State Government and Political Roundup: Gov. Walker to submit his budget tonightWisconsin News
-- Governor Scott Walker will submit his budget proposals for the next two years today.
MADISON - Governor Scott Walker will submit his budget proposals for the next two years today.
He’ll talk about the highlights in a speech to the Legislature tonight at seven. Walker has already unveiled many of his major initiatives. And some will be very controversial as the Legislature considers amendments to the governor’s package through the end of June.
Democrats want some of a proposed two-percent income tax cut to go to education instead. Health care advocacy groups got nervous after Walker rejected an increase in federal Medicaid funds. He decided instead to place recipients above the poverty level into the new federal insurance purchasing exchanges, where coverage can be had for as low as $19 a month. Walker also made waves by proposing an expansion of private school vouchers for low-income students in nine more Wisconsin school districts including Madison and Green Bay – and to put more special needs’ children in private schools. Some of Walker’s own Republican senators rejected the school choice package, saying people in the affected communities should agree to it first. The governor also proposed an extra half-billion dollars for transportation – with a faster payback for borrowing by selling off state-owned power-and-heating plants. Walker also wants an extra $100-million for various efforts to boost the state’s workforce. He also proposed more funding for cancer treatment. And yesterday, Walker proposed $43-million for veterans’ services that include an expanded property tax credit, and an extra five-million for the Veterans’ Trust Fund.
Wisconsin Supreme Court Justice Pat Roggensack and Marquette law professor Ed Fallone easily won the only statewide primary yesterday. With all but one-percent of the vote counted, Roggensack had 64-percent, and Fallone 30-percent. Milwaukee Lemon Law attorney Vince Megna was eliminated with six-percent – and the primary winners will square off in the April second general election. Roggensack said her showing proves that experience makes a difference in judicial races. Her campaign highlights her 17 years as a judge, including the last 10 on the state’s highest court. Fallone and Megna both vowed to bring harmony to the court, and end the dysfunction that has resulted in internal squabbles which culminated in Justice David Prosser’s reported choke-hold on fellow Justice Ann Walsh Bradley in 2011. Although the court’s supposed to be non-partisan, Roggensack’s big showing was clearly a victory for Republicans as they try to maintain the court’s four-member conservative majority. Fallone is backed by Democrats and labor unions – and he admits he’ll have an uphill battle in his April contest against Roggensack. Megna declared himself as a Democrat and says he’ll back Fallone.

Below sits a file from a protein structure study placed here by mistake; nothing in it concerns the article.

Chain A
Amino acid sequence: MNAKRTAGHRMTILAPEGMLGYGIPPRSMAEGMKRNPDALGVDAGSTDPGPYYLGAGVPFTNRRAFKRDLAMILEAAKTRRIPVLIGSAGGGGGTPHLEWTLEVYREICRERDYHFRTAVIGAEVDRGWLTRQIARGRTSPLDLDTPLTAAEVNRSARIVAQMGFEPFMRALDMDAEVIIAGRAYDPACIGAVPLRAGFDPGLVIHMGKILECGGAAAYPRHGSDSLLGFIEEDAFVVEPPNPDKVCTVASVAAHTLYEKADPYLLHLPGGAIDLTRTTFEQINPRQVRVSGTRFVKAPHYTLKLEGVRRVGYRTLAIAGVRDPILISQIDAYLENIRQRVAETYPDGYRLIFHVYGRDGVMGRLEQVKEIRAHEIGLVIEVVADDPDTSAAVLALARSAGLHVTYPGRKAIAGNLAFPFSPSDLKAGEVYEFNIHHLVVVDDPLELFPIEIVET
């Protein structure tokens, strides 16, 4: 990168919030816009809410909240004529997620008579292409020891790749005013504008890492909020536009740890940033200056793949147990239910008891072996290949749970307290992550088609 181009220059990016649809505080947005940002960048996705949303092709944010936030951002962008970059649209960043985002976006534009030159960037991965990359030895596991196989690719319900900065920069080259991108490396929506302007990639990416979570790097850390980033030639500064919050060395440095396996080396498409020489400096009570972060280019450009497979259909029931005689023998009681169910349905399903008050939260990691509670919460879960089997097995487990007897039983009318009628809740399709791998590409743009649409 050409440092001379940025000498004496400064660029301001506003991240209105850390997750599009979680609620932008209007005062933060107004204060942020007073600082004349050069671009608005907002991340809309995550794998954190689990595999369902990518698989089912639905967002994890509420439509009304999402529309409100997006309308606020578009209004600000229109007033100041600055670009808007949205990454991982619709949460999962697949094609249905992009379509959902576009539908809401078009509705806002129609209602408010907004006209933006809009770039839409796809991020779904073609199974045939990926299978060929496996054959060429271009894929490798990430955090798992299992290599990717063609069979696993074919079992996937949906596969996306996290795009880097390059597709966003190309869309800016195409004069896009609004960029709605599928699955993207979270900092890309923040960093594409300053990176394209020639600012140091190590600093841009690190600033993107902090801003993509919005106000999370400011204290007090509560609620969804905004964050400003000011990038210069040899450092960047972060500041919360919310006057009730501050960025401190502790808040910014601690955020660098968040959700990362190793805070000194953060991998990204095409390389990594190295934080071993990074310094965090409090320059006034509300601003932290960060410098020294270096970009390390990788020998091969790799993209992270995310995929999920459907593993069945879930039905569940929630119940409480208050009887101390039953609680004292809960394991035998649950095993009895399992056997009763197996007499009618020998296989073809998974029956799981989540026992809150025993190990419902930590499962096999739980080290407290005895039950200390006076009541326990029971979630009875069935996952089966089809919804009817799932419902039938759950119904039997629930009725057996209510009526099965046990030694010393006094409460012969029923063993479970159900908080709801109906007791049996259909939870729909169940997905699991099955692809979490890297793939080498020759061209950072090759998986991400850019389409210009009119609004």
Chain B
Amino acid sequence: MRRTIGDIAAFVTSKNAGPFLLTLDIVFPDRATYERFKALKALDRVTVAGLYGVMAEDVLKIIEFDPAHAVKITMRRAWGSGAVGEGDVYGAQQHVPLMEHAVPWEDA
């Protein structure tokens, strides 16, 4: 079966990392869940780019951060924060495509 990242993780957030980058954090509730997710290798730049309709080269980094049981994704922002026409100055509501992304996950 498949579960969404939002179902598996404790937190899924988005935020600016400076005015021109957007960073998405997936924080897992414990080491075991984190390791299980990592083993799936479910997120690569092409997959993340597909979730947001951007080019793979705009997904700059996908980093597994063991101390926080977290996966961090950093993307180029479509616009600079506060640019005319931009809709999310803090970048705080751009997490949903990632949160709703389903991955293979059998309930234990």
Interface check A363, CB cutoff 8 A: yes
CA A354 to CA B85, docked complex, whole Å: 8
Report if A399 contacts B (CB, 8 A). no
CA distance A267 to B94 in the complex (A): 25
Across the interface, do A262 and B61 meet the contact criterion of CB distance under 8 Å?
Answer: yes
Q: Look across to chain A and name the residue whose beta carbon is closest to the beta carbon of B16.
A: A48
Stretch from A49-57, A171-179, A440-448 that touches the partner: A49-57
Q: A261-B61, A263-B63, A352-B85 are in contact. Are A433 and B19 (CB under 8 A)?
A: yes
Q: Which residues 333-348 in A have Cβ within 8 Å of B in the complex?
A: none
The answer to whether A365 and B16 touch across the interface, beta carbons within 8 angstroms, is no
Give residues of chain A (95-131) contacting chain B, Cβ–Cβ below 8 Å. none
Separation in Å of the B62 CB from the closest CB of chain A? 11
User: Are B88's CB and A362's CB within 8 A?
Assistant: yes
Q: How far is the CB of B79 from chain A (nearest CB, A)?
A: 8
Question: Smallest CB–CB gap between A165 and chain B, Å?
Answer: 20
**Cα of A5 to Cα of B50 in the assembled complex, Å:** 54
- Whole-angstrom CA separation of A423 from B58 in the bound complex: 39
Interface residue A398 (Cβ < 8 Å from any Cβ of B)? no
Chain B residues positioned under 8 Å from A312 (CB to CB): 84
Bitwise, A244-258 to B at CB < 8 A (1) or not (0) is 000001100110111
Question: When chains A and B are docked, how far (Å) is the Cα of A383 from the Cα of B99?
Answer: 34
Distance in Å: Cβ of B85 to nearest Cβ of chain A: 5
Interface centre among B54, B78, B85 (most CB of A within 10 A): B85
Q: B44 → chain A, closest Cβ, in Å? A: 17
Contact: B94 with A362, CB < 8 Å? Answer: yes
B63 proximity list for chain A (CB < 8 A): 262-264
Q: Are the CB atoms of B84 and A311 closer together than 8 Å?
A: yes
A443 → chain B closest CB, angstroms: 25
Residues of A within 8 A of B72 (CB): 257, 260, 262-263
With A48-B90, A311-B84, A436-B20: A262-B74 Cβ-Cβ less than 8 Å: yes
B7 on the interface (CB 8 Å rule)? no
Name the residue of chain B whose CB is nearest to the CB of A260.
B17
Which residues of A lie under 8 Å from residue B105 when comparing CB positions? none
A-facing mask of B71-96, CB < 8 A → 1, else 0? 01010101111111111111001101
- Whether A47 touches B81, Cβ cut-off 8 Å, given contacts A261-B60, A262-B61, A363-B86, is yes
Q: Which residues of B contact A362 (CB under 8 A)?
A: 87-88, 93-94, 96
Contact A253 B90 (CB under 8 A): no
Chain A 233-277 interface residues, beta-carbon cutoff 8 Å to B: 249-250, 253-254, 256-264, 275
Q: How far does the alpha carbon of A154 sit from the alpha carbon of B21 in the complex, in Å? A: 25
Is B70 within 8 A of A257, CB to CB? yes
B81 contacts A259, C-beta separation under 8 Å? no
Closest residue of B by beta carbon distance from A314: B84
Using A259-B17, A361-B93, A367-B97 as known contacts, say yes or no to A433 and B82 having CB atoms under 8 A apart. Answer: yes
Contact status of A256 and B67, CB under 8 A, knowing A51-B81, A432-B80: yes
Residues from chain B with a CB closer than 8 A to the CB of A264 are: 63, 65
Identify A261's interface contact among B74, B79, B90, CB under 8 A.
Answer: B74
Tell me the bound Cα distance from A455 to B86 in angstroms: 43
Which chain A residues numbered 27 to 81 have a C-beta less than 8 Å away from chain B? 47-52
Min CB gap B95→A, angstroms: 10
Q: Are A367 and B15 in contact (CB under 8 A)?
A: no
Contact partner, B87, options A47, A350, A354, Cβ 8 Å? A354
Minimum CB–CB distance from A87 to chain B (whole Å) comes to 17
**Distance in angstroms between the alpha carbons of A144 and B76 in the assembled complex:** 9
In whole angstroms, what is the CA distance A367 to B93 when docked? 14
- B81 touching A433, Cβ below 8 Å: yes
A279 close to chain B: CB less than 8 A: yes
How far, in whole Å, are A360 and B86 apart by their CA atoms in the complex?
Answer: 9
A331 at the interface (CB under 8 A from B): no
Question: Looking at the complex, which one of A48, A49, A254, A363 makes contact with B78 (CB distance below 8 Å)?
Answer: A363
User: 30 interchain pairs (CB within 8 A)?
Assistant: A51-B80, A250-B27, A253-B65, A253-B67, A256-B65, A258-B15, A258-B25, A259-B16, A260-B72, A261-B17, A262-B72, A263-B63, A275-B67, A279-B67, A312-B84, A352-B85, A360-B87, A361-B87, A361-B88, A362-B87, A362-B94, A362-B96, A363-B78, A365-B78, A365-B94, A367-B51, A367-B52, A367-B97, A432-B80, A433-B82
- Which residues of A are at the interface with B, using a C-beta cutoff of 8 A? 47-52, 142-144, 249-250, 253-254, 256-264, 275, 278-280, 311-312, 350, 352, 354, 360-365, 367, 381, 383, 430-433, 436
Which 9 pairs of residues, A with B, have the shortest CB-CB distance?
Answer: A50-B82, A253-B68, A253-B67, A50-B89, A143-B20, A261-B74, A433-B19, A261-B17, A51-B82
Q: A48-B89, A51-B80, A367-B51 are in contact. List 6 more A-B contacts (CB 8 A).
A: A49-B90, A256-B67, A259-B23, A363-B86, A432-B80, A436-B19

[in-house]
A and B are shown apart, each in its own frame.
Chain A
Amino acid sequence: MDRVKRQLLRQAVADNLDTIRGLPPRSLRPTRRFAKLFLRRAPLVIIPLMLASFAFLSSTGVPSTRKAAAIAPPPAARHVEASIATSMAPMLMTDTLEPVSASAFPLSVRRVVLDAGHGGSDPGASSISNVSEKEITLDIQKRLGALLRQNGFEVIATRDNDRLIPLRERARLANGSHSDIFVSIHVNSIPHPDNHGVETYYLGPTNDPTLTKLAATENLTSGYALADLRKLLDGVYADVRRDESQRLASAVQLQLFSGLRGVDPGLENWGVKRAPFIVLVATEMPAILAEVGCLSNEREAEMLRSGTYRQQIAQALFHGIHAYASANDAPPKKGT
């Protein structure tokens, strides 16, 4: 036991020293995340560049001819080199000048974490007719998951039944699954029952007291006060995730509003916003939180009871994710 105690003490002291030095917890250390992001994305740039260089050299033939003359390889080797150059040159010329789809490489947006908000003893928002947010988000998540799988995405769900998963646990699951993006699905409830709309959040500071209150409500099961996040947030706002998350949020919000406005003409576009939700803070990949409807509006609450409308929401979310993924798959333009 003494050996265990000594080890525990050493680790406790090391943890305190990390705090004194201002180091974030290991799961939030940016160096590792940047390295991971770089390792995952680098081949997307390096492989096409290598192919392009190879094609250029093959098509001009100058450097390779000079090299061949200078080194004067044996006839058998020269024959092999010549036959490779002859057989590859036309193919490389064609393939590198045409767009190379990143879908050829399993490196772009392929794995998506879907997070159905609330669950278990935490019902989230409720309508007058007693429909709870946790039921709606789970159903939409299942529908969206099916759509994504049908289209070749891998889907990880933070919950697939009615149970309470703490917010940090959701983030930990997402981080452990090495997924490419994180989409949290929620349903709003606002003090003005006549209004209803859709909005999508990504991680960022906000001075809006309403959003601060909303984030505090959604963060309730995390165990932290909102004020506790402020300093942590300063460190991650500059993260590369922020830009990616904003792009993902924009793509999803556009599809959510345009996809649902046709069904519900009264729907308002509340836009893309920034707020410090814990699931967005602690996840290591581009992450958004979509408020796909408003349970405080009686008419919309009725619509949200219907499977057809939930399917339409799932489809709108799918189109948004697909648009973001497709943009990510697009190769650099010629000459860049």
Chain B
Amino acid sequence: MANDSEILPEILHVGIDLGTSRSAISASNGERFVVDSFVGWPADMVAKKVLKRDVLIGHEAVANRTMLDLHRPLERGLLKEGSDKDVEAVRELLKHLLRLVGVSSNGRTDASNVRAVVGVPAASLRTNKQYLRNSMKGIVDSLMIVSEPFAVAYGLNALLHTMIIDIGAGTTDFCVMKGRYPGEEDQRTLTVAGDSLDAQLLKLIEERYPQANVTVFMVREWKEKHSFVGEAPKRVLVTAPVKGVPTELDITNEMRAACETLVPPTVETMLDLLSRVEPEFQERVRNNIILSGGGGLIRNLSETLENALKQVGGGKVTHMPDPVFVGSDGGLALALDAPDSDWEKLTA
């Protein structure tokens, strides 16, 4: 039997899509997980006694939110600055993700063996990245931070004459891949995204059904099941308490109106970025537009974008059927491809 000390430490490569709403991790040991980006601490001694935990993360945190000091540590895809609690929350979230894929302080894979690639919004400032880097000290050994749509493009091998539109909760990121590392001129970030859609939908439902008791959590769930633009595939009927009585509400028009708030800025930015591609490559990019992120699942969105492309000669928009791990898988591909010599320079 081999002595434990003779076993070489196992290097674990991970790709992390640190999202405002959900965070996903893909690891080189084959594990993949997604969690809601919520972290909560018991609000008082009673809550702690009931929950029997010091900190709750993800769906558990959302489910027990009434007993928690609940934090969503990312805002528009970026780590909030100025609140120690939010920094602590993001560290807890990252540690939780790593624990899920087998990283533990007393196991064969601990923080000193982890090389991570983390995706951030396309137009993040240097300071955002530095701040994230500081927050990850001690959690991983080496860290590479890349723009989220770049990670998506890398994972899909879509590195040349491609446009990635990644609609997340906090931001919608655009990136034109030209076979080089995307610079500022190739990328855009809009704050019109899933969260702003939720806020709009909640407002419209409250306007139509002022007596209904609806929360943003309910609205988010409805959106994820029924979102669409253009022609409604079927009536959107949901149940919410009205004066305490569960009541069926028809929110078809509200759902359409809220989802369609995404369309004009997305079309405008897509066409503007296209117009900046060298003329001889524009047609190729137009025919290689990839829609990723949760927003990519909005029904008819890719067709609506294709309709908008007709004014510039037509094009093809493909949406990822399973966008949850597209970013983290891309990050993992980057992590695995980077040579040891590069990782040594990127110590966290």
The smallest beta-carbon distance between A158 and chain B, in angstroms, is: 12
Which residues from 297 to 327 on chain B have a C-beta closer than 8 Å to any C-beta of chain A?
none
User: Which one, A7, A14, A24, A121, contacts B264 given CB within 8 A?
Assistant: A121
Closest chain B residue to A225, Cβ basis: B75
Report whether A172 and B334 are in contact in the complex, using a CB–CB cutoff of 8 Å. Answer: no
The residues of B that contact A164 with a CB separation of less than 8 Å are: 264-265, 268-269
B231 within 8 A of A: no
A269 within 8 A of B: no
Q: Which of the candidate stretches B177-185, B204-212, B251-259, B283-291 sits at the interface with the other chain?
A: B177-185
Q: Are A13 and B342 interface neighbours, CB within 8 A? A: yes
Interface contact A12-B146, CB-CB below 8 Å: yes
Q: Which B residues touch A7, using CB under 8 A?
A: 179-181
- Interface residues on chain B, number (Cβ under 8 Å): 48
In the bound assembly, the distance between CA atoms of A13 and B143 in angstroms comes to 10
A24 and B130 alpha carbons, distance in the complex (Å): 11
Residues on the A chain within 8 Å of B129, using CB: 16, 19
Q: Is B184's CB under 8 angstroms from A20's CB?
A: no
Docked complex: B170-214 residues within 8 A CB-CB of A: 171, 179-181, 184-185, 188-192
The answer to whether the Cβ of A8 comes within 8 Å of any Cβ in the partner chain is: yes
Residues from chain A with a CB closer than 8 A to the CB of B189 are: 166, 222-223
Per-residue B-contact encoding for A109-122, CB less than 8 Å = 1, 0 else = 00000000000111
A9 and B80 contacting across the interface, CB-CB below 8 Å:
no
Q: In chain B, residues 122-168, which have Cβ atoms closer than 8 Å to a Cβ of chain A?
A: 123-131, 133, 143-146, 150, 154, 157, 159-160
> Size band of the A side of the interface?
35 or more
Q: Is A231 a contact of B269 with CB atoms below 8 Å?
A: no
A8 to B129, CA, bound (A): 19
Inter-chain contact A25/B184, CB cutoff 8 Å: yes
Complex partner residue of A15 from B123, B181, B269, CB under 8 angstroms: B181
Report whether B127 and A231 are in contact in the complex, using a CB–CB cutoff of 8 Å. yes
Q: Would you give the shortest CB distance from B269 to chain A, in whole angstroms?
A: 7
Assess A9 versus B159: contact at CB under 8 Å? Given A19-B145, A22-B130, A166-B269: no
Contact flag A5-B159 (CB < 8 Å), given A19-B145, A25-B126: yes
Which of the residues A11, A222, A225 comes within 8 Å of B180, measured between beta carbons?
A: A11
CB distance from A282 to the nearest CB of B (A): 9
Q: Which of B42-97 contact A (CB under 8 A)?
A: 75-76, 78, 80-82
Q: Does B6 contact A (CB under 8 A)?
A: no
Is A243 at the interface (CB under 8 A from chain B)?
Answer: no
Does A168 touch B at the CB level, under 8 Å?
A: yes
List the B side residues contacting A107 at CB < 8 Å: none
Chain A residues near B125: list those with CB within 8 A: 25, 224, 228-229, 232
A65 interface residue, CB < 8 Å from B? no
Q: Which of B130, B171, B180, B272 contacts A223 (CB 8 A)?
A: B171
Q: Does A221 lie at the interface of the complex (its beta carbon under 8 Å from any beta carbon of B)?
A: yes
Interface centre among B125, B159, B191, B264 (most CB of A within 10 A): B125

It’s still not clear who will win a state Assembly seat for part of Waukesha County. The top two Republican finishers are separated by just 30 votes out of more than five-thousand cast. Five GOP candidates ran yesterday, with no Democratic opposition for the general election in April. Window cleaning business owner Adam Neylon had 2,003, to 1,973 for Pewaukee Police Chief Ed Baumann. Each had 38-percent after all the ballots were counted. Baumann can ask for a recount within three days after an official canvass takes place. Former lieutenant governor chief-of-staff Jeanne Tarantino was a distant third with 15-percent. Matt Morzy and Todd Greenwald each shared less than 10-percent of the vote. The winner of the Assembly seat will replace Todd Farrow, who was elected to the Senate in a special balloting in December.
Money was not a huge factor in yesterday’s Wisconsin Supreme Court primary – and it remains to be seen whether that will change for the general election. Challenger Ed Fallone says he hopes it won’t. Special interest groups have pumped millions into a few recent Supreme Court contests. And Fallone – a professor at Marquette University – says people quote, “don’t want to see an election that is bought and paid for.” Roggensack and Fallone advanced to the April ballot, while attorney Vince Megna was eliminated in yesterday’s primary. Roggensack raised a modest quarter-million-dollars for her primary bid, enough to buy a TV ad before the primary. The conservative Club for Growth also bought an ad which highlighted Roggensack’s main campaign theme – that she has 17 years of experience as a judge, and numerous judges, prosecutors, and sheriffs have endorsed her. Fallone only raised about a third of what Roggensack did, but he managed to get on TV as well. He said he would continue to highlight the Supreme Court’s dysfunction and internal bickering of recent years, and promote himself as a vehicle for settling things down. Roggensack says things are getting better. And she shouldn’t have to lose her job because of what other justices have done – namely the 2011 physical spat between David Prosser and Ann Walsh Bradley.
Wisconsin lawmakers are expected to give their final approval today to a constitutional amendment that prevents the transportation fund from being raided for other things. Both houses approved the measure in the last session, and the Assembly gave its second approval last week on an 82-13 vote. If the Senate passes the amendment, it will go to the voters for final ratification in November of 2014. Republicans proposed the measure after former Democratic Governor Jim Doyle used $1.3 billion dollars in gas taxes and DOT user fees to prop up public schools and other programs. Critics say the state’s other designated funds should be protected in the same way as the transportation fund. One Democrat says it’s “ridiculous” to prevent raids from one fund and not others.